Saturday, January 12, 2019

The Case for Individual Reparations

Until I read Ta Nahesi Coates’ now-classic article “The Case for Reparations” (published in the June 2014 issue of The Atlantic), I hadn’t given much thought to the idea that the beneficiaries of slavery—and of the decades of Jim Crow exploitation as well—should pay reparations to the victims and their descendants. It was tucked it away on that top shelf of the mental closet we reserve for ideas we class as unrealistic, impractical. We acknowledge they might have something to be said for them as a matter of moral principle, but we feel instinctively that, realistically, practically, nothing could possibly be done for the foreseeable future.

Ending slavery was once an idea like that. So was giving women the vote.

When I read Coates’ article I was immediately persuaded that reparations were justified. But as I discovered, raising the topic of government-sponsored reparations tends to be a conversation-stopper. Many prefer to discuss not whether or not reparations are justified, but whether or not people should be forced to pay reparations; that second question is one they feel confident answering no to. And there the matter rests.

Plainly, government-funded reparations will not be politically possible for the foreseeable future. One might as well imagine the American government ending all its subsidies to the factory-farming of animals and encouraging us all to go vegan. Perhaps it should happen, but we all know it’s not going to happen any time soon.

Does that mean that, as individuals, we’re helpless? Far from it. Why wait for governmental action when we can act now, as individuals, to make reparations?

I’m not the only one to have had this idea. Michael Eric Dyson, for one, in Tears We Cannot Stop, suggests that individual white Americans keep their own “individual reparations” accounts by making appropriate donations.

This past year I put the idea into practice. In the spring of 2008 I had bought a small house in the Bywater area of New Orleans, with the thought of one day being able to live in the little back unit, at least for part of the year. I rented both units out, and the years went by. By 2017 it was clear my idea of living there for much of the year would never happen. My partner and I were quite happy in a different little house—on Vancouver Island, a very long way from New Orleans. I sold the property last December. I’d owned it for nearly ten years, and the house had of course appreciated. On reflection it seemed to me that about one quarter of the capital gain was an amount I felt comfortable in paying in reparations, and I sent a check for $7,500 to a worthy non-profit dedicated to increasing opportunities for African Americans. Is a quarter of the capital gain in fact the most appropriate amount? Probably a higher percentage would be more appropriate. But at least it’s a start—and I’m absolutely persuaded that this sort of contribution is the right thing to do.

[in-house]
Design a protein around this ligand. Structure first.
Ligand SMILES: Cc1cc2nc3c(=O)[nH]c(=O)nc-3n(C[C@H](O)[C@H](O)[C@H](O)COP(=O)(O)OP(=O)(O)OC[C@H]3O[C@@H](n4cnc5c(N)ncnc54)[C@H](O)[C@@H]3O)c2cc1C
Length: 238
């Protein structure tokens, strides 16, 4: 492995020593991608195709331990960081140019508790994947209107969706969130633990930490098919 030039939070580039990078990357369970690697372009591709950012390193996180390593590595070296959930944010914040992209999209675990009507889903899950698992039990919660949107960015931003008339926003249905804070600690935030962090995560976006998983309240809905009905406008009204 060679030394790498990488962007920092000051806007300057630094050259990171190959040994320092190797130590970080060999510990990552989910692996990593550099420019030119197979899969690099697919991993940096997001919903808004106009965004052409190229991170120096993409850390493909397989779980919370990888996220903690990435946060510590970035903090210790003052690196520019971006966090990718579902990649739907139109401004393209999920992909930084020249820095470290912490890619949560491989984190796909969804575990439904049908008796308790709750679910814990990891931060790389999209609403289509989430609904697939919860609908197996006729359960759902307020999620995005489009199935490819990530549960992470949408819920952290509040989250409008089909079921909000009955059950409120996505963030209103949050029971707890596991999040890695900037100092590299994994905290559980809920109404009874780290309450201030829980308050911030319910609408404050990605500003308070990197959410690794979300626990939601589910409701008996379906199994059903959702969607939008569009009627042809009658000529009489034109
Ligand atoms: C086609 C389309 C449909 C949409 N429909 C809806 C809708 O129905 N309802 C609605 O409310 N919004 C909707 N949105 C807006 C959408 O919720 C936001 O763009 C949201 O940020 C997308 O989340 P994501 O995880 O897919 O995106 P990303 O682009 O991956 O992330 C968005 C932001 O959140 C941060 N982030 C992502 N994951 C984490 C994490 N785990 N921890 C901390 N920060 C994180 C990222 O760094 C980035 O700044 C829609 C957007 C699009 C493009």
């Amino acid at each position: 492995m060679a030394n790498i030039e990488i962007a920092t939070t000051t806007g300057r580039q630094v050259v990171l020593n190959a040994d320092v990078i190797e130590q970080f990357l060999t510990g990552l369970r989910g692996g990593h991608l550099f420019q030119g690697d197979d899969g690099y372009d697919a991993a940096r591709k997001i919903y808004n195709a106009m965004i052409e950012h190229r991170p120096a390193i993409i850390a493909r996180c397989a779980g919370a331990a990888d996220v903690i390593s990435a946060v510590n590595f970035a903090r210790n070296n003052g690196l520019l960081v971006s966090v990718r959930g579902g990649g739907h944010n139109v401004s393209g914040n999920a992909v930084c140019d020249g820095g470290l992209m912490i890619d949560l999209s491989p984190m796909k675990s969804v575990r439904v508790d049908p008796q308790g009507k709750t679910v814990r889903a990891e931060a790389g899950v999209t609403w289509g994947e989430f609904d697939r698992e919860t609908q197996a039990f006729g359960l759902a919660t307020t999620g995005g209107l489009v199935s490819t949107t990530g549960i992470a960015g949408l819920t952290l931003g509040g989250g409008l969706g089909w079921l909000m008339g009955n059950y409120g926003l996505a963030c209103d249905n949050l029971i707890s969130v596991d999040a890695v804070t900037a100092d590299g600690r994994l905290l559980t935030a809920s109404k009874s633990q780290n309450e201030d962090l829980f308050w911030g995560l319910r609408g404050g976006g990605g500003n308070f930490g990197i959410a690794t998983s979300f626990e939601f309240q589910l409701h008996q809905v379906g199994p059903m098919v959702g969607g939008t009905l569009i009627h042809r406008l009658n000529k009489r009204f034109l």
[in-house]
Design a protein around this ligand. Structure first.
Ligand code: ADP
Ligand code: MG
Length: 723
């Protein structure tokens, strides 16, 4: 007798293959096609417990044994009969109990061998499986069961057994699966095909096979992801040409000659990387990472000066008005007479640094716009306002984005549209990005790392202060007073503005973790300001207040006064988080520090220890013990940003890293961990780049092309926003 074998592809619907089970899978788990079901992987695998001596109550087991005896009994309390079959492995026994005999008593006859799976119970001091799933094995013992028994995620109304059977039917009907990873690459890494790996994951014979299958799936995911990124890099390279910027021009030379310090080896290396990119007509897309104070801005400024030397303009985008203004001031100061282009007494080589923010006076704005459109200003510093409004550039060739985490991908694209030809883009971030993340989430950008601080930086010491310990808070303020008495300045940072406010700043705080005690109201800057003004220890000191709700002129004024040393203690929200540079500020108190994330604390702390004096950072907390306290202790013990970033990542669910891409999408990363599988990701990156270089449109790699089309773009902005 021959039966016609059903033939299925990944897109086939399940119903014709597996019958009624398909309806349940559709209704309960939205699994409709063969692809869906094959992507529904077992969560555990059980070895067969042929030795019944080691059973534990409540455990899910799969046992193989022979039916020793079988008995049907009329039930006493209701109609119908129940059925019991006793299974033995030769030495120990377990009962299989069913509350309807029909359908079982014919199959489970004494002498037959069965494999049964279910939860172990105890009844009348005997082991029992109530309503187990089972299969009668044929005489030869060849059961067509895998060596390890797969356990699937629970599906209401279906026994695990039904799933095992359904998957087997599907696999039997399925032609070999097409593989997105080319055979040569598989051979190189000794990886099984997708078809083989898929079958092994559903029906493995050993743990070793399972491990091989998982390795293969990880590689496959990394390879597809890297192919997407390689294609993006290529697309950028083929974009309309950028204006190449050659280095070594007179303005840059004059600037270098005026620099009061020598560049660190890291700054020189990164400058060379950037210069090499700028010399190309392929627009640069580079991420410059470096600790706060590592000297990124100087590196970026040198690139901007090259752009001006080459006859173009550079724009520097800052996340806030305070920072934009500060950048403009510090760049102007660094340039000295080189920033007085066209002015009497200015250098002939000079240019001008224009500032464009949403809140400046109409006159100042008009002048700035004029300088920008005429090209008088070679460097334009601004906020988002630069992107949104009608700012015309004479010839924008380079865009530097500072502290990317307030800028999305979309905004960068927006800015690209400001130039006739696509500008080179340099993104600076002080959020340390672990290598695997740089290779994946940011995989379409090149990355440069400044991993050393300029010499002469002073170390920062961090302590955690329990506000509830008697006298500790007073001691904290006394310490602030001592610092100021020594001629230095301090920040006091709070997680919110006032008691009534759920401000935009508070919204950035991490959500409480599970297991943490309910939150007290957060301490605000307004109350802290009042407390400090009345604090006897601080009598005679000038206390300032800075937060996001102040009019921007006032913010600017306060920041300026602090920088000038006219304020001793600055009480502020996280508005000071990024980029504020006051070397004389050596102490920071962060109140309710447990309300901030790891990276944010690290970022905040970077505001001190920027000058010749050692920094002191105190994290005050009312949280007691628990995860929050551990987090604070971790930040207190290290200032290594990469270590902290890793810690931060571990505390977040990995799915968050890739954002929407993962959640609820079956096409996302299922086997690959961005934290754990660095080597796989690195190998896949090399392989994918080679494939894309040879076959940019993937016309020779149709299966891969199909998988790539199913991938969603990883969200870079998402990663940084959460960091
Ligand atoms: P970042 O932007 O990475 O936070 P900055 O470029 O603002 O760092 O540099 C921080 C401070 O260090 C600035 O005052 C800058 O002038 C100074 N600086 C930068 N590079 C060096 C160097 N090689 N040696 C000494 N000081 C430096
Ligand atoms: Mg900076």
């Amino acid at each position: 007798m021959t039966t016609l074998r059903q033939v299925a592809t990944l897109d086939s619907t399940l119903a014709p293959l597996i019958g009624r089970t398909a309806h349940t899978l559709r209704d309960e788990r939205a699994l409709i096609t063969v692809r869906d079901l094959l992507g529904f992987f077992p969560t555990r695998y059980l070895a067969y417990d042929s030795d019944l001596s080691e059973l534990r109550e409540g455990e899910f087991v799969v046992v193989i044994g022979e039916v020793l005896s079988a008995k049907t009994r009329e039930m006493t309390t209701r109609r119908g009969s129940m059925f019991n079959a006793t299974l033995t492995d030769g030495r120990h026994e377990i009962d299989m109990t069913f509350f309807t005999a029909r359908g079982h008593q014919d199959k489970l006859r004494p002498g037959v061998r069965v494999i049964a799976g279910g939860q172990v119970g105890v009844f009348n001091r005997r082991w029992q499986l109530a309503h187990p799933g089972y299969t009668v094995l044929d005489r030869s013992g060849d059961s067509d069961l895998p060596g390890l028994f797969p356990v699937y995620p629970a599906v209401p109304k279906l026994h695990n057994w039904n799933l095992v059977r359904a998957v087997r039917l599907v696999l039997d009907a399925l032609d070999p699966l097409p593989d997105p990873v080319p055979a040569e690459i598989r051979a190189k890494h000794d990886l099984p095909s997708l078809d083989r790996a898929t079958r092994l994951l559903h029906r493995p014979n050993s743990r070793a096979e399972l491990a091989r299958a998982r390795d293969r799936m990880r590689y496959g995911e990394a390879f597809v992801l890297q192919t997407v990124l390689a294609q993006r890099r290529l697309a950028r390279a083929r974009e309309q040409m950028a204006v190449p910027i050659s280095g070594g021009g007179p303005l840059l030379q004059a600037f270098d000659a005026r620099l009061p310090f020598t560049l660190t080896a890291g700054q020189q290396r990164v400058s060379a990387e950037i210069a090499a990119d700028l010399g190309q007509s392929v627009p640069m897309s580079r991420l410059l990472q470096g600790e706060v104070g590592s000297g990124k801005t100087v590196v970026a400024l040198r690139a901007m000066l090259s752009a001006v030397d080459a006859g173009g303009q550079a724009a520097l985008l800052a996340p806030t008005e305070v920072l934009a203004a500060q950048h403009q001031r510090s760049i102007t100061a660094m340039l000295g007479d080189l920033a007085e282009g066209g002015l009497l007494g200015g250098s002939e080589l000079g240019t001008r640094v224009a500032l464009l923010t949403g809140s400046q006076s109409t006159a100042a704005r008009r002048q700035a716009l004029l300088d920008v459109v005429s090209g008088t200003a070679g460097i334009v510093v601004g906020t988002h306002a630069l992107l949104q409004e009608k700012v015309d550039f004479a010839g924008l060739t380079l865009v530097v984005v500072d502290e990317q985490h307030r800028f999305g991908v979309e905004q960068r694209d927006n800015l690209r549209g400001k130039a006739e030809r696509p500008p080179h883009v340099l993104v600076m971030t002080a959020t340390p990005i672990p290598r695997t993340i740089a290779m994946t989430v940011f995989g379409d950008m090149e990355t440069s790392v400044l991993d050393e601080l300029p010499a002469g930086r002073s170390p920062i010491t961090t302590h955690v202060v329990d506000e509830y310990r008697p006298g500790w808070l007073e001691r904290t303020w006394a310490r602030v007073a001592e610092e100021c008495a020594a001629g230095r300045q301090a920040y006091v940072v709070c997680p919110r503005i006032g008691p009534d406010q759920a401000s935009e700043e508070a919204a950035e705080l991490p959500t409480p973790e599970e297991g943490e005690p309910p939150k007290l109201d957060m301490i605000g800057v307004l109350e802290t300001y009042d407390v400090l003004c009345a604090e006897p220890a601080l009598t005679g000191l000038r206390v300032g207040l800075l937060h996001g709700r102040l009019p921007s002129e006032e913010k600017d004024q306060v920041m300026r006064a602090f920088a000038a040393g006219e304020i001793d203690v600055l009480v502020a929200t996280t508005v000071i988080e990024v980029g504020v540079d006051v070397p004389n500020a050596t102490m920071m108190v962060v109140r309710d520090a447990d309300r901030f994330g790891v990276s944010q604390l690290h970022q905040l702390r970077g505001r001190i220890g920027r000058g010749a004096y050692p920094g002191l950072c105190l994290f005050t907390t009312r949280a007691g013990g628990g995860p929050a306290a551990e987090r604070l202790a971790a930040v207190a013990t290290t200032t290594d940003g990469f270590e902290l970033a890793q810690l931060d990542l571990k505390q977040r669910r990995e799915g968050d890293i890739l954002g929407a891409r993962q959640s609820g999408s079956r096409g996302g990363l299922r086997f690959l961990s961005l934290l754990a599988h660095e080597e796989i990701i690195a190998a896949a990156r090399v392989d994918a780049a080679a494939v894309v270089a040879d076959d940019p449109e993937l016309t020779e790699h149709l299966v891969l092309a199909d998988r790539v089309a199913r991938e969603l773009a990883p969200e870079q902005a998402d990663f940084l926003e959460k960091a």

It’s the right sort of thing to do in terms of my own past history. I’m Canadian, but my great grandfather lived in New Orleans from 1838-1849; it’s impossible to imagine that, as a white person living in New Orleans at that time, he did not benefit significantly from slavery.

It’s also the right thing to do in the context of a large transaction involving a transfer of assets. Even more striking than how disadvantaged African Americans have been in terms of wage levels are the disparities in wealth. Whereas white North Americans have typically been able to pass on wealth generation after generation, and thereby start small businesses and buy houses, African Americans have been heavily and consistently disadvantaged in terms of wealth. For that reason I think it’s particularly appropriate to think of reparations at times when those of us who have been privileged are receiving the proceeds of a capital gain. (I should emphasize here that, much as whites as a whole have been advantaged in North America, there are of course some whites who have never been and will never be privileged recipients of a capital gain, from a real estate transaction or from any other source; the argument I am making here about making voluntary reparations should apply only to those with the means to consider that course of action.)

Again, I’m not suggesting that anyone be forced to pay any amount at all in reparations. In most cases, reparations should be something humans want to make, not something we are forced to make. But as to whether or not those of us with the means to do so should do so? I urge you to read Coates’ extraordinary article.

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